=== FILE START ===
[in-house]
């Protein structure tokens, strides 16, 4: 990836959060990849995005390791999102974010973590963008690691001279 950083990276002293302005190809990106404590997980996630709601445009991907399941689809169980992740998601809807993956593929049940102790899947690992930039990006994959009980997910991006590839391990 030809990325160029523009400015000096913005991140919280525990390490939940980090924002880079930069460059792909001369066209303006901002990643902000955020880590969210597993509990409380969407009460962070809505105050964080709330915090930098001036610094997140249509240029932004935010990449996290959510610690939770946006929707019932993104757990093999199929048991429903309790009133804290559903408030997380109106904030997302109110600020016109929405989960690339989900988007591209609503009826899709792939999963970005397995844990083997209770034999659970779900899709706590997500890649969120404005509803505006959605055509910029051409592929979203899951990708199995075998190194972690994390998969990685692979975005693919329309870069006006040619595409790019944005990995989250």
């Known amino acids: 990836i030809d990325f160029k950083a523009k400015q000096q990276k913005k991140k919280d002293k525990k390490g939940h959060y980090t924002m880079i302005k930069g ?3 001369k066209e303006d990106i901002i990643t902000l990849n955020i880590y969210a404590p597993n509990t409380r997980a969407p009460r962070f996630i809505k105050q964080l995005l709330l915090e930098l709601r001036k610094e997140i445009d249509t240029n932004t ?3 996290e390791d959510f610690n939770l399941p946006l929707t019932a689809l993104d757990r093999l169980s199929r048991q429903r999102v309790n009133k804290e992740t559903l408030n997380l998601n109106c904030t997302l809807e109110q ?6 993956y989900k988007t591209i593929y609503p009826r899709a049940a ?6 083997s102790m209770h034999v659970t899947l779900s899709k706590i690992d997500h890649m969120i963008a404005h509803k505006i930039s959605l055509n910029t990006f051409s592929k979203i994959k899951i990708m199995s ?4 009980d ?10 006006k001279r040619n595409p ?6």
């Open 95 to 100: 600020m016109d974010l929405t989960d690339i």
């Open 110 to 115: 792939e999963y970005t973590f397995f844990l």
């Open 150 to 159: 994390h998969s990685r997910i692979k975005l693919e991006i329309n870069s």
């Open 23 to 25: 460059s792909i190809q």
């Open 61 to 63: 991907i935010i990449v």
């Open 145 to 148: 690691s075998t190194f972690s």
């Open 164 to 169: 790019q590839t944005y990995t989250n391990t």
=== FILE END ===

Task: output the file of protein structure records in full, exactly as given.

[in-house]
């Protein structure tokens, strides 16, 4: 990836959060990849995005390791999102974010973590963008690691001279 950083990276002293302005190809990106404590997980996630709601445009991907399941689809169980992740998601809807993956593929049940102790899947690992930039990006994959009980997910991006590839391990 030809990325160029523009400015000096913005991140919280525990390490939940980090924002880079930069460059792909001369066209303006901002990643902000955020880590969210597993509990409380969407009460962070809505105050964080709330915090930098001036610094997140249509240029932004935010990449996290959510610690939770946006929707019932993104757990093999199929048991429903309790009133804290559903408030997380109106904030997302109110600020016109929405989960690339989900988007591209609503009826899709792939999963970005397995844990083997209770034999659970779900899709706590997500890649969120404005509803505006959605055509910029051409592929979203899951990708199995075998190194972690994390998969990685692979975005693919329309870069006006040619595409790019944005990995989250």
């Known amino acids: 990836i030809d990325f160029k950083a523009k400015q000096q990276k913005k991140k919280d002293k525990k390490g939940h959060y980090t924002m880079i302005k930069g ?3 001369k066209e303006d990106i901002i990643t902000l990849n955020i880590y969210a404590p597993n509990t409380r997980a969407p009460r962070f996630i809505k105050q964080l995005l709330l915090e930098l709601r001036k610094e997140i445009d249509t240029n932004t ?3 996290e390791d959510f610690n939770l399941p946006l929707t019932a689809l993104d757990r093999l169980s199929r048991q429903r999102v309790n009133k804290e992740t559903l408030n997380l998601n109106c904030t997302l809807e109110q ?6 993956y989900k988007t591209i593929y609503p009826r899709a049940a ?6 083997s102790m209770h034999v659970t899947l779900s899709k706590i690992d997500h890649m969120i963008a404005h509803k505006i930039s959605l055509n910029t990006f051409s592929k979203i994959k899951i990708m199995s ?4 009980d ?10 006006k001279r040619n595409p ?6």
């Open 95 to 100: 600020m016109d974010l929405t989960d690339i």
């Open 110 to 115: 792939e999963y970005t973590f397995f844990l």
């Open 150 to 159: 994390h998969s990685r997910i692979k975005l693919e991006i329309n870069s």
């Open 23 to 25: 460059s792909i190809q």
């Open 61 to 63: 991907i935010i990449v």
């Open 145 to 148: 690691s075998t190194f972690s």
């Open 164 to 169: 790019q590839t944005y990995t989250n391990t």